“And why I’m going on about any of this right now is beyond me. I’ve never even seen a Bird of Paradise. And I sure as hell have never boxed or been on a barge. In fact just looking at this story makes me feel a little queasy all of a sudden. I mean how fake is it. Just sorta doesn’t sit right with me. It’s like there’s something else, something beyond it all, a greater story still looming in the twilight, which for some reason I’m unable to see.”

— Mark Z. Danielewski, House of Leaves

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“You have it good, … you can still feel fear, my head is dark, I haven’t had any dreams for a long time.”

— Herta Müller, The Fox Was Ever the Hunter

Translated by Philip Boehm

“We mortals, men and women, devour many a disappointment between breakfast and dinner-time; keep back tears and look a little pale about the lips, and in answer to inquiries say, “Oh nothing!” Pride helps us; and pride is not a bad thing when it only urges us to hide our own hurts — not to hurt others.”

— George Eliot (Mary Ann Evans), Middlemarch

Reason #65 to Keep Living: Books

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Can you believe that after sixty-four reasons to keep living, “books” hasn’t been one of them? Well, it certainly has, I just haven’t written about it yet.

Of course, there was Reason #37 to Keep Living: Old Books That Stay Young, in which I wrote about classic literature that continues to push, poke, and pinch the heart and brain; there was Reason #17 to Keep Living: Libraries, in which I wrote about those magical places that offer books for free. There was Reason #2: Comics and Reason #14: Story Time.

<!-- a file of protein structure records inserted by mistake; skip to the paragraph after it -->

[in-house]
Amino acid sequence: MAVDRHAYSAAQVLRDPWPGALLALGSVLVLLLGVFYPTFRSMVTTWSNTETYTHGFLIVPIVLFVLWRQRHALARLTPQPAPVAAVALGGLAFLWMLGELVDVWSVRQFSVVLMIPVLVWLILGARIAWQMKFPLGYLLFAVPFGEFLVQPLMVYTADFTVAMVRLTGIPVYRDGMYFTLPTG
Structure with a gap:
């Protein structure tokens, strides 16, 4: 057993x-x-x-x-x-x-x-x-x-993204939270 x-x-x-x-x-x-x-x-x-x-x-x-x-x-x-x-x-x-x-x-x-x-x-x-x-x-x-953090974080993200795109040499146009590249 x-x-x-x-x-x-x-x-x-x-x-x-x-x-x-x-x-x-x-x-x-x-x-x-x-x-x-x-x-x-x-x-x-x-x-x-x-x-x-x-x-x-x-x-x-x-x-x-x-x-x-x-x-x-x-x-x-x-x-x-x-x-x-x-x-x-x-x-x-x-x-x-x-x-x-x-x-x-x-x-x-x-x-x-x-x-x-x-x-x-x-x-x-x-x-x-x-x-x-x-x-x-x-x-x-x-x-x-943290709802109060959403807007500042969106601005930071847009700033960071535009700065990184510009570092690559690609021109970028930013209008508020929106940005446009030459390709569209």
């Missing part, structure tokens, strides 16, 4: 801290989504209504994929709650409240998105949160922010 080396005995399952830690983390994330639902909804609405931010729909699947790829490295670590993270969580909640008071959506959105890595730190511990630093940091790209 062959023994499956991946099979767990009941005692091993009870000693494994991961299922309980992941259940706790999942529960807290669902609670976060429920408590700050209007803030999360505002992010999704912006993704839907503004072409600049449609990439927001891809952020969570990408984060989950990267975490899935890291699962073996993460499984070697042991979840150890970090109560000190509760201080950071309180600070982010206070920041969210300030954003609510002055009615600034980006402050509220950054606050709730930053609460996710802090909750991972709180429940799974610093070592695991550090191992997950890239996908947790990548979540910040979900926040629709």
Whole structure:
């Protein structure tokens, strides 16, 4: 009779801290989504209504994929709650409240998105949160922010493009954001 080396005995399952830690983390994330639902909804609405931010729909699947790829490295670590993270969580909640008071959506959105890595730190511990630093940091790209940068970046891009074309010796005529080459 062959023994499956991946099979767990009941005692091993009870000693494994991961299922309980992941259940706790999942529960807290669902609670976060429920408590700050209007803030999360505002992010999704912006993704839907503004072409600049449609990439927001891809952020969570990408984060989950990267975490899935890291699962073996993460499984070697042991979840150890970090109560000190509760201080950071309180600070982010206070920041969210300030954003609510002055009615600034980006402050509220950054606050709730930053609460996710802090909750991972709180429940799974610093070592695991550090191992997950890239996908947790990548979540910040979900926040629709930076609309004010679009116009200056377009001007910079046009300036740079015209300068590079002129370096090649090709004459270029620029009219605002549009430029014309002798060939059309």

But there hasn’t been a post for books in general or books in their entirety. This post is for old books and new books and children’s books and comic books and all the books that have ever been written by anyone. It’s for the books that comforted and joked and taught and horrified. This post is especially for those books that challenged, that kept me up at night, made me think, and, best of all, made me change.  Continue reading

“Ah, we men and women are like ropes drawn tight with strain that pull us different ways. Then tears come, and like the rain on the ropes, they brace us up, until perhaps the strain become too great, and we break. But King Laugh he come like the sunshine, and he ease off the strain again, and we bear to go on with our labor, what it may be.”

— Bram Stoker, Dracula

“It’s an odd idea for someone like me to keep a diary; not only because I have never done so before, but because it seems to me that neither I — nor for that matter anyone else — will be interested in the unbosomings of a thirteen-year-old schoolgirl. Still, what does that matter? I want to write, but more than that, I want to bring out all kinds of things that lie buried deep in my heart.”

— Anne Frank, The Diary of a Young Girl

“Such is the World, such Man, such Love. What are we (I ask) but puppets in a show-box? Oh, omnipotent Destiny, pull our strings gently! Dance us mercifully off our miserable little stage!”

— Wilkie Collins, The Woman in White

“She would not say of anyone in the world now that they were this or were that. She felt very young; at the same time unspeakably aged. She sliced like a knife through everything; at the same time was outside, looking on. She had a perpetual sense, as she watched the taxicabs, of being out, out, far out to sea and alone; she always had the feeling that it was very, very dangerous to live even one day.”

— Virginia Woolf, Mrs Dalloway